John Horlock served as Vice-Chancellor at The Open University from 1981 to 1990.
John Horlock was born in 1928 in North London, and went to school at Edmonton Latymer. In an interview in the New Scientist to mark his appointment as OU Vice-Chancellor he says ‘My family is best described as lower middle-class, with no engineering history in it.’ In the interview he explains that he had decided on an engineering apprenticeship at Shorts, Rochester but his Headmaster instead persuaded him to go to Cambridge University, where he gained a first in mechanical sciences. Horlock worked briefly at Rolls-Royce before returning to Cambridge to gain a PhD. Horlock turned down an offer to return to Rolls-Royce: 'I was concerned that I would be spending most of my time on military applications.'
In 1958 Horlock left Cambridge to become Professor and Head of the Mechanical Engineering Department of Liverpool University, returning to Cambridge as Professor of Engineering in 1967. In both roles he is credited with educational innovations to improved both research and teaching. His academic work on gas turbines, compressors and the jet engine made him a leading figure in a field which transformed transport across the world. In 1974 Horlock became Vice-Chancellor of the University of Salford, which had become a University only in 1967 and made major progress under his leadership.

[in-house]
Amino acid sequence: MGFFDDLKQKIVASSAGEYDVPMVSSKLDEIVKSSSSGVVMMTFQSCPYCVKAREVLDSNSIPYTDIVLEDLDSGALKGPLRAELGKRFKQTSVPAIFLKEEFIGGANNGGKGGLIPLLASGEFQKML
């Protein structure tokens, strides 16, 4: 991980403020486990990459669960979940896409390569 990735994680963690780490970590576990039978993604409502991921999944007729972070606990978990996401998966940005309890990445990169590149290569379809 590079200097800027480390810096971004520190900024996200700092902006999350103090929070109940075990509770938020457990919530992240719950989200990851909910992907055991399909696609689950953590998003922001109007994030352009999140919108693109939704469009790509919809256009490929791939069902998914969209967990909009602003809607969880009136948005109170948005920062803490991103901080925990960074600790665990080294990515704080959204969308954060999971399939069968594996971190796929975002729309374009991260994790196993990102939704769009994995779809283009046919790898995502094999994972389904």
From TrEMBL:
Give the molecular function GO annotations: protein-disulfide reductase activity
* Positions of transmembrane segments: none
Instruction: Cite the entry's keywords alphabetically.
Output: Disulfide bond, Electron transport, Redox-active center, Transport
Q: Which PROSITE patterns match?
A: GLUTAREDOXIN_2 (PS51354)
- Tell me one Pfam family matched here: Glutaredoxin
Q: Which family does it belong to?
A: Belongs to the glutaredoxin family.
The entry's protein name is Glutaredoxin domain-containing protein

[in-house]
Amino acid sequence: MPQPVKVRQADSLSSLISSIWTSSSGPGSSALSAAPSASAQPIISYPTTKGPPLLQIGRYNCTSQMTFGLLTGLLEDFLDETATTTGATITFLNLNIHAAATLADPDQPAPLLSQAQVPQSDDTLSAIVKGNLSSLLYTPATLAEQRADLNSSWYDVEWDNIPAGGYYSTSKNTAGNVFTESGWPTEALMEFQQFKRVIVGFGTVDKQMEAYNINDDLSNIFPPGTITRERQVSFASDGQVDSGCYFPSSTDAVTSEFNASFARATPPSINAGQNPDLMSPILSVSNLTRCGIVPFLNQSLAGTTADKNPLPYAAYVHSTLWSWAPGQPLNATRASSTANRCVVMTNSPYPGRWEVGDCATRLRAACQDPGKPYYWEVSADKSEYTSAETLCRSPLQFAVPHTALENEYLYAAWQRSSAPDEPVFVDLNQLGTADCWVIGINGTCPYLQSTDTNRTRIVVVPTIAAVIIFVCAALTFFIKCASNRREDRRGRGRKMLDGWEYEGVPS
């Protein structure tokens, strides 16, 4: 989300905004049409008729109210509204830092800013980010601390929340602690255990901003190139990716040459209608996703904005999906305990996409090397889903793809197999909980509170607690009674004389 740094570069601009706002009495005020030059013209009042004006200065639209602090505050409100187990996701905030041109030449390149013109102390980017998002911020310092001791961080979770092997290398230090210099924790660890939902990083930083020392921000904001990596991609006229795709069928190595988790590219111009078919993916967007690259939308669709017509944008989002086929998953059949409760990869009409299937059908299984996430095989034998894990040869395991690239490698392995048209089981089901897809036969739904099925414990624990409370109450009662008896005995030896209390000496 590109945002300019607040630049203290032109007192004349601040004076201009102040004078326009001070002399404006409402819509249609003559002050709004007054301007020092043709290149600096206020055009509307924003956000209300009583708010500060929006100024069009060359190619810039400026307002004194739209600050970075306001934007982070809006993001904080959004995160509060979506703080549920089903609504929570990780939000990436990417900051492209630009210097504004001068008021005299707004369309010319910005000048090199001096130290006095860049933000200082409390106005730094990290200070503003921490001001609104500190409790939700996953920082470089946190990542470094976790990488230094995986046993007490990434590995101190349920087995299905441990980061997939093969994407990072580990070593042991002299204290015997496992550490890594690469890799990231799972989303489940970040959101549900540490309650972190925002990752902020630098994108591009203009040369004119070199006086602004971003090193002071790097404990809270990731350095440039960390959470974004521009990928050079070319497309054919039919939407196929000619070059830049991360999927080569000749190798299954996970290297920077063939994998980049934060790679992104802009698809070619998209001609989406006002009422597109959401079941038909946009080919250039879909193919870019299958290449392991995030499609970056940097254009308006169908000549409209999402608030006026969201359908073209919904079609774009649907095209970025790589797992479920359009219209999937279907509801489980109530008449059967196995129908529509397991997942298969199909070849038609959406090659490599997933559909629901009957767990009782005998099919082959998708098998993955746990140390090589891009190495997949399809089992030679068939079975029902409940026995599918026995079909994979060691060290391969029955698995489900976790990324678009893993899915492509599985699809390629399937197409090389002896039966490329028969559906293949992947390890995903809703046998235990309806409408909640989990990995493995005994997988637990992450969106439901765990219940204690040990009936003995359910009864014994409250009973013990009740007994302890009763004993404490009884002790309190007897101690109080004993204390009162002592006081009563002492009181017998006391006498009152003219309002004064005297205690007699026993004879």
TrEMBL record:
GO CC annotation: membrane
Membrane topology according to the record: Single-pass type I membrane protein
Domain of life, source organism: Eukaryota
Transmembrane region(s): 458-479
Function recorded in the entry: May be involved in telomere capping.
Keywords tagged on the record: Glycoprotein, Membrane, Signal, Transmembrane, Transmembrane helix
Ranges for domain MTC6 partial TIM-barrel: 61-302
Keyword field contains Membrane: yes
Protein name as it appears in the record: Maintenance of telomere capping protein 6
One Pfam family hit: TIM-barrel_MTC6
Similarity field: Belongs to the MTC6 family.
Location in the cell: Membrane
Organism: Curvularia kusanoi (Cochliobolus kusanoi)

Horlock joined the Open University in 1981. His commitment in the field of continuing education, particularly in science and technology was seen as one of the factors leading to his appointment. As a member of the Finniston Committee looking at the engineering profession he was very keen to strengthen the OU in science and engineering. As well as leading the battle against the government over funding cuts, Horlock also ensured the introduction of a taught postgraduate masters programme, oversaw the opening of the Open Business School and the expansion of the OU into Western Europe. After retiring from the OU, Horlock was appointed Treasurer and Vice-President of The Royal Society for five years and was knighted for services to science, engineering and education in 1996. He lives not far from The Open University.
The Horlock building on the Walton Hall campus was opened in opened in 1989. It houses the Faculty of Health and Social Care. Sir John was interviewed for the Oral History Project in 2009. Below is an extract from that interview. A video clip of Sir John addressing OUSA conference is available as part of Funding cuts: the fight back.